On Thursday, Reuters suggested that the OPEC+ group would be unlikely to deepen its production targets at the meeting this weekend.
But late on Friday, Reuters suggested that OPEC+ was indeed discussing an additional output cut of around 1 million barrels “among possible options” for the meeting on June 4.
“Everything is on the table,” Iran’s OPEC Governor Amir Zamaninia told reporters in the Austrian capital.
Crude oil prices were already trading up ahead of the meeting, but increased even more in the afternoon hours, bringing Brent crude to $76.32 at 4:20 p.m., a $2.06 per barrel increase on the day. WTI was trading at $71.90 per barrel at that time.
A supply reduction of as much as 1 million barrels a day is the most likely outcome, according to RBC’s Chief Commodities Strategist Helima Croft.
“We think that the continued macro worries and soured sentiment will lead the group to make another downward adjustment,” she said in a note.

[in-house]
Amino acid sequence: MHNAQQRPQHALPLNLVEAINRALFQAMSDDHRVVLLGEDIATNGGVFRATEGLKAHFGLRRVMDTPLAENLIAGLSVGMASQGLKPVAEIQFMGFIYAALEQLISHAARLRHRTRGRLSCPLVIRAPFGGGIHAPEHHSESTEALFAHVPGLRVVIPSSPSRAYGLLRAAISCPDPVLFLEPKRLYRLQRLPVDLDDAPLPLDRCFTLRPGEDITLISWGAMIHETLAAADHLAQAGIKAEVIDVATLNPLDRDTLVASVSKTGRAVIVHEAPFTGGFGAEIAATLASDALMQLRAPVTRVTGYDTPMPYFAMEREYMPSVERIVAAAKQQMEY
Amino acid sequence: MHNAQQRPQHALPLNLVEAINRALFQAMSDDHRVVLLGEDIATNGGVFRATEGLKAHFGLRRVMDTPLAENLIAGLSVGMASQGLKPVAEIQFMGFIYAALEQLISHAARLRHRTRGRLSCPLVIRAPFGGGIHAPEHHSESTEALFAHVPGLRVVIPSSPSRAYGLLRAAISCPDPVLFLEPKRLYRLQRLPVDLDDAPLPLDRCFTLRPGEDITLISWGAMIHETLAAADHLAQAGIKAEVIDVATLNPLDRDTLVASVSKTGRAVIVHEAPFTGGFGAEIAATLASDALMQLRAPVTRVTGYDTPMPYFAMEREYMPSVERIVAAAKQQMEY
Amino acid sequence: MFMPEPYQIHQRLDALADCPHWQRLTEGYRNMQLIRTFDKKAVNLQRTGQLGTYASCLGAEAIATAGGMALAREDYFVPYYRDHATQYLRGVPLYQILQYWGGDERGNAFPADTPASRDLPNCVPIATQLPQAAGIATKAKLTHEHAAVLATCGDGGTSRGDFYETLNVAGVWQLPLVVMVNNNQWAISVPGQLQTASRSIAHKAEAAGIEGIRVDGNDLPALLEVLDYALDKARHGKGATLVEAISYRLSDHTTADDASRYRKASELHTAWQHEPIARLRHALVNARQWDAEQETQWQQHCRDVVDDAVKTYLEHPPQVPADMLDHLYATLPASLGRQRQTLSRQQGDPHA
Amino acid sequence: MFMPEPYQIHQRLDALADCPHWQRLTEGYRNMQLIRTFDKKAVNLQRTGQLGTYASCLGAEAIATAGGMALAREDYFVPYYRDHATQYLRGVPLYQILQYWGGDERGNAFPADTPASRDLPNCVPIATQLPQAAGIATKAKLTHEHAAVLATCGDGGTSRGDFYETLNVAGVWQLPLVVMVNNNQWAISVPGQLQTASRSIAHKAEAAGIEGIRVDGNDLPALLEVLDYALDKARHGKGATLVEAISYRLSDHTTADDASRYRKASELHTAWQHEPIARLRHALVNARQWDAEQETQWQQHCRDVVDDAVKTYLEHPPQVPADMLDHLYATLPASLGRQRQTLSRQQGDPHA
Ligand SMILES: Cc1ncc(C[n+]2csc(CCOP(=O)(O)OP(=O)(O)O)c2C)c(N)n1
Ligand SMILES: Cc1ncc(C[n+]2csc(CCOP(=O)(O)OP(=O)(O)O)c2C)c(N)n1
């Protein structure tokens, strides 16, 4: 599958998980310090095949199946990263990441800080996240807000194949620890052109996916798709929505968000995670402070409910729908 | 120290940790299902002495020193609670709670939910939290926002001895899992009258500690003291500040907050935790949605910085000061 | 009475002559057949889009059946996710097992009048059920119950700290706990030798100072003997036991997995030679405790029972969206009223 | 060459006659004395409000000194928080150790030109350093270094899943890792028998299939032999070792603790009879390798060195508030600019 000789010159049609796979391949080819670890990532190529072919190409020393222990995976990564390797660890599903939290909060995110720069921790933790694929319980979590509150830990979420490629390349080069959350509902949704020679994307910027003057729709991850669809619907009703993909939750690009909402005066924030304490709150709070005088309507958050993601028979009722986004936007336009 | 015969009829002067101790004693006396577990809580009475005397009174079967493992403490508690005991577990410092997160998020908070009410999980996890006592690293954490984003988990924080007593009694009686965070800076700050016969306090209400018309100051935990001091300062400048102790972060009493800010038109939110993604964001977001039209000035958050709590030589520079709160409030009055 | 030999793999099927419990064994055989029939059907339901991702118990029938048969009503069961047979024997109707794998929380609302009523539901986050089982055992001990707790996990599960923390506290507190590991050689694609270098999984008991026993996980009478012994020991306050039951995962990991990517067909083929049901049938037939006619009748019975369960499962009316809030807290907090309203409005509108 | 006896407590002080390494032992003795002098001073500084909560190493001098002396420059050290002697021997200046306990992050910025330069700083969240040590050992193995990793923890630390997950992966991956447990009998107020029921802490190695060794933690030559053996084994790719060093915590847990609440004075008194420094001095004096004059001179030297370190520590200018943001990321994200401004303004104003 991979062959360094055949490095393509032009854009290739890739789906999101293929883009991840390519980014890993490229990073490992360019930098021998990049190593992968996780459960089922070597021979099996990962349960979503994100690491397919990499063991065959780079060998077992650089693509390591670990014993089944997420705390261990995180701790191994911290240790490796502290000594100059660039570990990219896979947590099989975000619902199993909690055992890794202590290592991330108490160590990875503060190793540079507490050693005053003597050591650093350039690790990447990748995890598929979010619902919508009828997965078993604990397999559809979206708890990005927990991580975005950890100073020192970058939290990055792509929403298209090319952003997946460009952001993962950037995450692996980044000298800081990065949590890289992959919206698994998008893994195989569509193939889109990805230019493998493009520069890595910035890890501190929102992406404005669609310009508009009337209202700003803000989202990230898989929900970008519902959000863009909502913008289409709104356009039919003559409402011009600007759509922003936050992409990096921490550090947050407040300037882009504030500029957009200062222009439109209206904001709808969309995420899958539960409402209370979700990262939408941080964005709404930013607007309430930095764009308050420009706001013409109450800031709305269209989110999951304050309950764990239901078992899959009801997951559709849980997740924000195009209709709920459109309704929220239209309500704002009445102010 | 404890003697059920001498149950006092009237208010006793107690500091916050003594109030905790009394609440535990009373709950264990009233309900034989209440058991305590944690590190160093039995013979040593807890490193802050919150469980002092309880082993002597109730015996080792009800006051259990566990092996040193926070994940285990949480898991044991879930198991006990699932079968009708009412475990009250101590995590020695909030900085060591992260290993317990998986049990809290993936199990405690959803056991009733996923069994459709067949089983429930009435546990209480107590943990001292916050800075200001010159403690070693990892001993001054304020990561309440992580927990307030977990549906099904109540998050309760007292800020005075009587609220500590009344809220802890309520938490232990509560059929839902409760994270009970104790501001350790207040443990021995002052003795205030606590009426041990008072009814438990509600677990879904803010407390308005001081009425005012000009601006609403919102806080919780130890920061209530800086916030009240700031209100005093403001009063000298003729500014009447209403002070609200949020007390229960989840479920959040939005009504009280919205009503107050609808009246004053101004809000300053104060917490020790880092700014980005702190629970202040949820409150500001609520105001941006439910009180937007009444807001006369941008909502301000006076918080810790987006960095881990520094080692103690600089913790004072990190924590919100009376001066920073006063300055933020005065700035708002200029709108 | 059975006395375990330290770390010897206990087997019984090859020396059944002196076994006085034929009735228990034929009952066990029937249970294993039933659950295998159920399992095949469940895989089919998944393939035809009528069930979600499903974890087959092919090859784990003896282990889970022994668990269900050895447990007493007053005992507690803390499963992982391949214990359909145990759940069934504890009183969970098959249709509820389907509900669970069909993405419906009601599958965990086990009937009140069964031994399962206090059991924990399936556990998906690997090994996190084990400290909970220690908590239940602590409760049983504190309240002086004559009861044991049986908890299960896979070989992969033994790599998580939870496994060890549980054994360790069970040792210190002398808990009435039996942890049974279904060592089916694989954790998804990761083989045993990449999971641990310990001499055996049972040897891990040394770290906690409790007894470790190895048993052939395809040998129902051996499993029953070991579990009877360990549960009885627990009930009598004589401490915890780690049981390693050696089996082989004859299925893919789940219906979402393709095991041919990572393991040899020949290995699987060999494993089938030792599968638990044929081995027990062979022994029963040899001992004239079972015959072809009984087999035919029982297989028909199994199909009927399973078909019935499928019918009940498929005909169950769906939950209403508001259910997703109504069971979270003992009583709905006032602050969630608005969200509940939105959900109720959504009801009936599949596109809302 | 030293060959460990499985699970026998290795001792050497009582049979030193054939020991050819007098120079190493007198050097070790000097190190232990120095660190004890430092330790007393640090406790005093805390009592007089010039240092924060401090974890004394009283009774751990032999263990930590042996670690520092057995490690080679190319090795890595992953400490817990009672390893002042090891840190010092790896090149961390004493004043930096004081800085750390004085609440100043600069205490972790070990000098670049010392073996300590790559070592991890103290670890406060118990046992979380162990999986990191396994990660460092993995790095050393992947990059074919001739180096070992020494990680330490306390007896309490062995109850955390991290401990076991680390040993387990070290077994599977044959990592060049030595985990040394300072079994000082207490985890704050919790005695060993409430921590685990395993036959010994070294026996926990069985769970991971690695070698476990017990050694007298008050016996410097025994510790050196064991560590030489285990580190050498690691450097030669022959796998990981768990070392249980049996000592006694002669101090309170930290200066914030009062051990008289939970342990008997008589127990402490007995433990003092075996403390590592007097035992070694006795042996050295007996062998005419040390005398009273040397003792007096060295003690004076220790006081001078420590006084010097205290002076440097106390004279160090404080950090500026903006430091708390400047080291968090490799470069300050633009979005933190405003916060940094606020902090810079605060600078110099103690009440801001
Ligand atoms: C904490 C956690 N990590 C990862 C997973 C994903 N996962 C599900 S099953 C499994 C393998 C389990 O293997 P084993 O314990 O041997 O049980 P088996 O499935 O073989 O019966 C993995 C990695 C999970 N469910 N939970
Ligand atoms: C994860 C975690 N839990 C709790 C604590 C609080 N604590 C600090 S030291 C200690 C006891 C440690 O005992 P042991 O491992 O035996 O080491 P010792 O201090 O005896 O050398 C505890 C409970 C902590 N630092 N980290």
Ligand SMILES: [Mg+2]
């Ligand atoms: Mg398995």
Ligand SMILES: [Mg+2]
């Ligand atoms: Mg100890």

But Saudi Arabia appears to still be in control of OPEC+, and The Kingdom could decide to make good on his threats to punish short sellers for their speculative trades that fly in the face of market fundamentals.
“I keep advising them (referencing oil speculators) that they will be ouching, they did ouch in April, I don’t have to show my cards. I am not a poker player…but I would just tell them watch out,” Saudi’s energy minister said late last month in the runup to the meeting.
As a reminder for why there could be some "ouching". Bloomberg shows, the trading positions of hedge funds and other non-commercial traders are at the most bearish levels since at least 2011 across a combination of all major oil contracts...
Finally, while hedge funds are betting that OPEC is quietly overproducing and exporting much more than their recent quota permits, a recent update by Goldman Sachs shows that bears may be in for a very rude awakening, as seaborne net exports by OPEC countries which announced a cut in April have finally tumbled by over 1mmb/d over the past 2 weeks.
OPEC+ has suggested with its latest moves that its sweet price spot is around $80-90 per barrel, so it is trying to keep prices around that level.